7. sadly, things have become so complicated why would anyone in their right mind want to get into this business. I had a reasonably intelligent person come to me looking to become a trainee and get licensed, when I started showing him the reporting process he could believe the amount of work that went into it. We went together to a basic educational class, as I was thinking we could discuss things on the way and way back,( and I could get C Ed) I couldn’t believe the general sentiment in the class after a few sessions, same ideas from most, too much for too little money. I have been in the business for 27 years and really have evolved into this lengthy reporting, but I understand why someone would look at it and not want to get into it. ( my trainee passed the police exam and now has a secure job, with benefits). I have had others call me on the phone, send copies of their resumes (one guy sent one, almost half the words were spelled wrong). It just doesn’t seem like it is attractive enough for someone to want to put the time in. I became an appraiser in 1986, before licensure, when licensure came in I was all for it, but thought at the time (1992) that it would create problems for new people, I guess I was right about that.

  8. THERE ARE WAY TOO MANY APPRAISERS IN THE INDUSTRY. ANY TIME YOU CAN PUT OUT A $275 APPRAISAL AND IT IS GONE IN LESS THEN A MINUTE, THAT TELLS YOU ALL YOU NEED TO KNOW. THE INDUSTRY WAS SATURATED WITH TOO MANY APPRAISERS IN THE FIRST PLACE WHEN REQUIREMENTS WERE LOW. THE NEW STANDARDS ARE GOOD FOR THE APPRAISER….NOT GOOD FOR AMC BOTTOM LINE.

  9. Thanks for the article! I’m currently looking for a supervisor before I begin the education requirements but have had no luck. “Not looking to bring on a trainee – you’ll be my competition – my son is training, etc”Has there been any progress with the PAREA program (virtual training)? Any suggestions would be greatly appreciated.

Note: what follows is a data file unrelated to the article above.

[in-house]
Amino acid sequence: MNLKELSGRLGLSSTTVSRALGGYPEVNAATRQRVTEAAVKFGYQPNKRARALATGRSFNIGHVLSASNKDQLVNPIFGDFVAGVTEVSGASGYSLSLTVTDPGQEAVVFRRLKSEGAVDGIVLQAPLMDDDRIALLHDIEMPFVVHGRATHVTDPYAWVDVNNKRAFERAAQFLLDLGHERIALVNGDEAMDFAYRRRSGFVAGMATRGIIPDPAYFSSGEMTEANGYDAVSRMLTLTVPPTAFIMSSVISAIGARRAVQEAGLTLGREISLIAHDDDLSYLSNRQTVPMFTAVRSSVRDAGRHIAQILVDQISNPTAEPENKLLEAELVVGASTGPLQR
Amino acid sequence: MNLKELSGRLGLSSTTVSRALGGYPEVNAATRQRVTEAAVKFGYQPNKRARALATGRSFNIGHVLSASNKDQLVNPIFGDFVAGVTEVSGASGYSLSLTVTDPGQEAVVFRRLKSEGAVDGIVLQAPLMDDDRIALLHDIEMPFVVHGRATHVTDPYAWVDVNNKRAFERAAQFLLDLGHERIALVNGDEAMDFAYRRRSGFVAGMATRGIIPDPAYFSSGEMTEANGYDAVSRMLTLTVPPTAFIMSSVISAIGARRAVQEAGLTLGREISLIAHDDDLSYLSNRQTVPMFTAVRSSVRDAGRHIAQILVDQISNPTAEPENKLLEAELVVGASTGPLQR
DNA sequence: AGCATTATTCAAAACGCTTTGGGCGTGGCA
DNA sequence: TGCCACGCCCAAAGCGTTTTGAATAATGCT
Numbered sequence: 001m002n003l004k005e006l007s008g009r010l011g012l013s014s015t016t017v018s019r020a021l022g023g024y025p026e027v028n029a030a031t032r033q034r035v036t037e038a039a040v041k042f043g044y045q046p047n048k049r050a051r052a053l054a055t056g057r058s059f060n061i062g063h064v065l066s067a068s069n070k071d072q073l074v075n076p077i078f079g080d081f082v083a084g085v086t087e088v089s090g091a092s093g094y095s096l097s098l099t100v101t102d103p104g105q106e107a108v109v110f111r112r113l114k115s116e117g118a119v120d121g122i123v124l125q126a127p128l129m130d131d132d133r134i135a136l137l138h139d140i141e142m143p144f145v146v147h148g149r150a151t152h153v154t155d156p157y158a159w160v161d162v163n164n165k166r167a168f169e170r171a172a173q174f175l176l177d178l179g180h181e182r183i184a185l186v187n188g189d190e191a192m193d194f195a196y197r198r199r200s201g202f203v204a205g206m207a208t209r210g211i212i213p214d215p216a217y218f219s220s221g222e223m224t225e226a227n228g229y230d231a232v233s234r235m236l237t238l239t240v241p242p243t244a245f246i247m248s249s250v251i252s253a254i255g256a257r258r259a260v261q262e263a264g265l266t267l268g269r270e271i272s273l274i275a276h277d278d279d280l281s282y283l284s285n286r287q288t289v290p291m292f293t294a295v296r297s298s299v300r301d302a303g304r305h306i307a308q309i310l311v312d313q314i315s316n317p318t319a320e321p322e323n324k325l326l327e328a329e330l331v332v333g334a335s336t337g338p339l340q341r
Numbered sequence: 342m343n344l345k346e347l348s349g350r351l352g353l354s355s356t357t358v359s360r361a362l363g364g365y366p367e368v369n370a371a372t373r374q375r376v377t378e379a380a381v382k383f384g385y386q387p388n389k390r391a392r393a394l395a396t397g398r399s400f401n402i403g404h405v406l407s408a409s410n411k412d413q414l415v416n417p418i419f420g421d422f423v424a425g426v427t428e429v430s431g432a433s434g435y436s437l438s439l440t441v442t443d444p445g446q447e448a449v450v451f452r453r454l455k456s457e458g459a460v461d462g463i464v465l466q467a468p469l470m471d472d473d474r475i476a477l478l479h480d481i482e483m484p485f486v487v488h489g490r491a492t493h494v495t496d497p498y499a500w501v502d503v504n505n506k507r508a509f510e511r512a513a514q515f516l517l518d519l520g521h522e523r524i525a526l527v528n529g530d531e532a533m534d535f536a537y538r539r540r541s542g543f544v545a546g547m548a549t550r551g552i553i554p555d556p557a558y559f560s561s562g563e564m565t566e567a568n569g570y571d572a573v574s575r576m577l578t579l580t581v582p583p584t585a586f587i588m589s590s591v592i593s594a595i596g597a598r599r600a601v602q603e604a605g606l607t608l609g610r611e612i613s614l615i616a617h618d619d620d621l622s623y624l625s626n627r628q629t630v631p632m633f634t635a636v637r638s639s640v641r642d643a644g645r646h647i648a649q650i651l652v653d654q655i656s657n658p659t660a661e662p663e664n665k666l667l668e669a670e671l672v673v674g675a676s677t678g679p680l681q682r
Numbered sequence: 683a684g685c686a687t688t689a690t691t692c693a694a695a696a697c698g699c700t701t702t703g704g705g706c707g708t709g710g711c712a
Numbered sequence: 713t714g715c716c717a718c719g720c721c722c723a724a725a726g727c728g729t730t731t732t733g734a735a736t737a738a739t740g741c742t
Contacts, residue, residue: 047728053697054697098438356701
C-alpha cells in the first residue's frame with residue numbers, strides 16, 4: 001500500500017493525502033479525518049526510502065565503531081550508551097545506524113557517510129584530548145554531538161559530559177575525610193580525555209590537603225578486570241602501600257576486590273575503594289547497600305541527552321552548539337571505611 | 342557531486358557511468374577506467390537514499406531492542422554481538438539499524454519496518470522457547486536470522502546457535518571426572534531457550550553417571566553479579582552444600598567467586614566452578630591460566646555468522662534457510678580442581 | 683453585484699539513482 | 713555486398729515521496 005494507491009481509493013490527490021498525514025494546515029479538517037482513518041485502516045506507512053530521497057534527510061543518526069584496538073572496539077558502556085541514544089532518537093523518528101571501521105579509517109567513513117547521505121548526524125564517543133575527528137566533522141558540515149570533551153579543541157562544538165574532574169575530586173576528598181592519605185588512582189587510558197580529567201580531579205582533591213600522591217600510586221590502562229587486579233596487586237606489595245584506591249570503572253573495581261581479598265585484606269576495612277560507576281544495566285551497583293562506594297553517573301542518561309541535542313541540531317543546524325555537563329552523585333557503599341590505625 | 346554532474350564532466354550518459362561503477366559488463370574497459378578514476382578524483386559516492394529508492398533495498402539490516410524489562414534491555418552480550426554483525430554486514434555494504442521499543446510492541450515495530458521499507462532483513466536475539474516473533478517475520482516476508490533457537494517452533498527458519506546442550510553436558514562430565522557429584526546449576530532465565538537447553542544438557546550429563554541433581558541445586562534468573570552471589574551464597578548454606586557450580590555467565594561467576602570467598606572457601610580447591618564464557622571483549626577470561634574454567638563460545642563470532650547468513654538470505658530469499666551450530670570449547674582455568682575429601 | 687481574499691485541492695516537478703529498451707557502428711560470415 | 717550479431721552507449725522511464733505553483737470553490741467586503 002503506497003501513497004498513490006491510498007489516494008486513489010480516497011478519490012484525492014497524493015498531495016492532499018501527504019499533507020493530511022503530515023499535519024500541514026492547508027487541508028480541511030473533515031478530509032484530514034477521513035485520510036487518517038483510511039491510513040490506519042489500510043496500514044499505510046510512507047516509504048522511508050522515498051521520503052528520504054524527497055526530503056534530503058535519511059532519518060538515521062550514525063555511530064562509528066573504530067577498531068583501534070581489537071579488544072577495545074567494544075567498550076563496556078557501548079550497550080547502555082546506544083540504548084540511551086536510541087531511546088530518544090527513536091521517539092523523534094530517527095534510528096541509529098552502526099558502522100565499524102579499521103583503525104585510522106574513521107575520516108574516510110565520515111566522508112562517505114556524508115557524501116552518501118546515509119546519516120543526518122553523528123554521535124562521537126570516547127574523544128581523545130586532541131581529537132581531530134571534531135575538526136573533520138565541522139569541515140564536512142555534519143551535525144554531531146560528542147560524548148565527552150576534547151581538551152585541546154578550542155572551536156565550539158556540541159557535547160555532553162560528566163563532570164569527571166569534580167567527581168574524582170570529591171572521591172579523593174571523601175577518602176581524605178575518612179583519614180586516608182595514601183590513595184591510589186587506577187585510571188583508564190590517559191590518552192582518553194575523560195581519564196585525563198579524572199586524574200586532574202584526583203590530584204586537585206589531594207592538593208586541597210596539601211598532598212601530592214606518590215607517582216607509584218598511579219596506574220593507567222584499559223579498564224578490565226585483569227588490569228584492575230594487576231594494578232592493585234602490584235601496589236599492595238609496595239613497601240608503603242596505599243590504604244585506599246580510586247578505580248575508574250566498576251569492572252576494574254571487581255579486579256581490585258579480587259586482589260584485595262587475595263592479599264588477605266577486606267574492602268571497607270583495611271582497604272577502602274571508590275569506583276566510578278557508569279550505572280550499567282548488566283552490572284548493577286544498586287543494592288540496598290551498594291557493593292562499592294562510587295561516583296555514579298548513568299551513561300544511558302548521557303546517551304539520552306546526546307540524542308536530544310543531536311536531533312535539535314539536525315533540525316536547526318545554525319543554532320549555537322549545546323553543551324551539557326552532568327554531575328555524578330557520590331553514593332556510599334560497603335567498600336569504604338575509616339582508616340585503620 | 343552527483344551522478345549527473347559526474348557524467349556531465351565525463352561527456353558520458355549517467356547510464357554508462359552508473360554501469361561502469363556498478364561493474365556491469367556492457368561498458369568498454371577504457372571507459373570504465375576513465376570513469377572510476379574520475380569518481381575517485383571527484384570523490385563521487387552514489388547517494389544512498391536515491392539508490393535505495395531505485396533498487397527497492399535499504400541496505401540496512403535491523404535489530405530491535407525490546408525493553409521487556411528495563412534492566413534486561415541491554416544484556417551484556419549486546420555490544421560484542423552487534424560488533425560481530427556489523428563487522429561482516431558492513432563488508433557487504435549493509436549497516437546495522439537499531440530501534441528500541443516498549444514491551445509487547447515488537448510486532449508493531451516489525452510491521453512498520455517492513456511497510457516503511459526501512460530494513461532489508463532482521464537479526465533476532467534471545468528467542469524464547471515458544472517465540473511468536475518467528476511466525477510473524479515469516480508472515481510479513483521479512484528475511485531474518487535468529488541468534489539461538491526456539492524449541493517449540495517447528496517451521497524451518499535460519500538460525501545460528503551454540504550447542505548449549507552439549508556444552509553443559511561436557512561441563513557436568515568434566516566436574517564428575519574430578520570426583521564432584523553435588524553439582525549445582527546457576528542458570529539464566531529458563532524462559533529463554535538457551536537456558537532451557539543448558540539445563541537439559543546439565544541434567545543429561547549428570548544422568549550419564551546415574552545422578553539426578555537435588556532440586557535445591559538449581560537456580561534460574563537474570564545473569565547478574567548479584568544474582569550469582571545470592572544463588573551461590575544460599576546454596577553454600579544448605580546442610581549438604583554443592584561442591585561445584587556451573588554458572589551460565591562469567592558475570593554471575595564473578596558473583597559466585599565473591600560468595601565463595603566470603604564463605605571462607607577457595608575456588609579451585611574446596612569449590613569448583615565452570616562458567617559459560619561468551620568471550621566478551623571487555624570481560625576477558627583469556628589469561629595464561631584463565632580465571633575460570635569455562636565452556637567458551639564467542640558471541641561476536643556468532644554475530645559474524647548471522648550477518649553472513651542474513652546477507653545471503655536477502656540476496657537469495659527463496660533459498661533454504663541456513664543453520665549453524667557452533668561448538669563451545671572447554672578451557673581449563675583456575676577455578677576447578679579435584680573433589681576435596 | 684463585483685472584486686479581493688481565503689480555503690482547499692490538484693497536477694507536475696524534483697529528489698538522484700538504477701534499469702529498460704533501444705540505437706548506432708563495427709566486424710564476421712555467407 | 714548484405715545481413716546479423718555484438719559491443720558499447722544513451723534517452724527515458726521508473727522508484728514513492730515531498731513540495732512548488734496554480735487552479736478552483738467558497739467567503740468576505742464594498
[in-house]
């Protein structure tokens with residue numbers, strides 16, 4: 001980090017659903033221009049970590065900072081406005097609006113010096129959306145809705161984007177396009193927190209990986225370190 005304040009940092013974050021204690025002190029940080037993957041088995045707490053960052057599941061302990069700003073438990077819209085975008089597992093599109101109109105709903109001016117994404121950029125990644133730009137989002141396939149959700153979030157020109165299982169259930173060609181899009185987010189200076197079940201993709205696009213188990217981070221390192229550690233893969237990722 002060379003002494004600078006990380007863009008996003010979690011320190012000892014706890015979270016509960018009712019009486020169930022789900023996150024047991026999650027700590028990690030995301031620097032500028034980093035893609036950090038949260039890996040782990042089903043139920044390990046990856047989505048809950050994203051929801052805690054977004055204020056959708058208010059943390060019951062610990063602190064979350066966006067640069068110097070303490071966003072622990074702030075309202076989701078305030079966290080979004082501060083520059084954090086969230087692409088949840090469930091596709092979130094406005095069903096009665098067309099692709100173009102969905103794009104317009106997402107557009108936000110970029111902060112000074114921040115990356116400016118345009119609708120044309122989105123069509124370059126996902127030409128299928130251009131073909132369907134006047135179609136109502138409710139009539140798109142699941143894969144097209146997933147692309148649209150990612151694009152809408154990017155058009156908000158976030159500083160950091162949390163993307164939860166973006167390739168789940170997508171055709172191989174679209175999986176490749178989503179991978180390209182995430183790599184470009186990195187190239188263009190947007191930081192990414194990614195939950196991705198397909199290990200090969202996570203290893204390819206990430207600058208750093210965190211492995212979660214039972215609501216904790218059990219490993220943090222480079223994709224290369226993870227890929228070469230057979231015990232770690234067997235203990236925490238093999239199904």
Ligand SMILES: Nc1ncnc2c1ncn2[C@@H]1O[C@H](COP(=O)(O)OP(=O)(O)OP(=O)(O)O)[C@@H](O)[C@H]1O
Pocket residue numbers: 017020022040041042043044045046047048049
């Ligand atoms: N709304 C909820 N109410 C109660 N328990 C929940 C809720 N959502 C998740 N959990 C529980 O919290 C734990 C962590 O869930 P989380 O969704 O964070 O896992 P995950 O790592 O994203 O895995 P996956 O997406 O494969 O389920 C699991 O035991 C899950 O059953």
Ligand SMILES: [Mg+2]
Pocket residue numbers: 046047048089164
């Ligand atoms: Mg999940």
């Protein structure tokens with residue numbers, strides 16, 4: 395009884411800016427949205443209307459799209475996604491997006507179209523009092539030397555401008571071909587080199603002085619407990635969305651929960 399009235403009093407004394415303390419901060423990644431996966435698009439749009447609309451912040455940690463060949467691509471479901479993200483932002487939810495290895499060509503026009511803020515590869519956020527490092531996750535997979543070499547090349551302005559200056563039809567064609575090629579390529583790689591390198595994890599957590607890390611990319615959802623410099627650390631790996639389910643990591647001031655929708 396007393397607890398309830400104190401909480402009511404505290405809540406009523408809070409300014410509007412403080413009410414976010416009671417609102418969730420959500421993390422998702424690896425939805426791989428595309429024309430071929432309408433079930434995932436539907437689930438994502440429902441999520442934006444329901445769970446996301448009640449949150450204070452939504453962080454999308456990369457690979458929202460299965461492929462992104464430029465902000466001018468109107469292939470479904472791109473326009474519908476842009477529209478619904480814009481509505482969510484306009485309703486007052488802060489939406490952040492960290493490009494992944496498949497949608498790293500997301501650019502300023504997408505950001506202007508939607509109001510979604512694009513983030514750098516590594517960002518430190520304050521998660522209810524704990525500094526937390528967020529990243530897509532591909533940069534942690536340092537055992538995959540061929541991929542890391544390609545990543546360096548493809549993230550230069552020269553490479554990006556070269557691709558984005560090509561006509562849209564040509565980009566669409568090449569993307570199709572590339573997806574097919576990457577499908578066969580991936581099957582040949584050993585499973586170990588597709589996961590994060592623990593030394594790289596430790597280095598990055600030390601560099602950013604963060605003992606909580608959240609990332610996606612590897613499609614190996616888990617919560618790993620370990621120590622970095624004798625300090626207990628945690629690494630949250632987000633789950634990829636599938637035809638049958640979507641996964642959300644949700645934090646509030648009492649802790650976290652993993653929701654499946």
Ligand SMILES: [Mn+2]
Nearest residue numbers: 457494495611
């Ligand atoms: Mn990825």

10. Mark - Certified Residential Appraiser

    By the time you calculate all your operating costs in and the multitude of hours you spend on completing a “good” appraisal, you can earn more money working at In-and-out burgers. For the lenders, it’s all about liability. The mortgage industry simply doesn’t want to shell out just compensation for an appraisal. They just need an appraiser’s signature to take on the liability of what Fnma requires of what that market value is or isn’t. They are the ones that are controlling the compensation to appraisers. The amcs are just bottom feeders looking to capitalize on the situation. Amcs typically take a 25% commission out of your appraisal fee just for assigning and reviewing the appraisal. It’s a big scam. Amcs are no longer needed in the industry as long as the “Appraisal Independence” clause exists. Until the lenders are willing to stick up for appraisers and give them similar pay as to what the loan officers are earning on each loan, there will always be a shortage of slave waged appraisers. To bring an appraisal fee up to current living wages, the minimum fee should start at $1500 and go up from there. Once such fees are initiated, there will be a flood of new appraisers coming into the industry. It’s as simple as that. It’s funny how no one seems to mention, nonetheless even get this? Oh… since the appraiser coach and many of the commentators on here are either mortgage or amc industry lobbyists… um, you will never get the truth as I’ve explained here.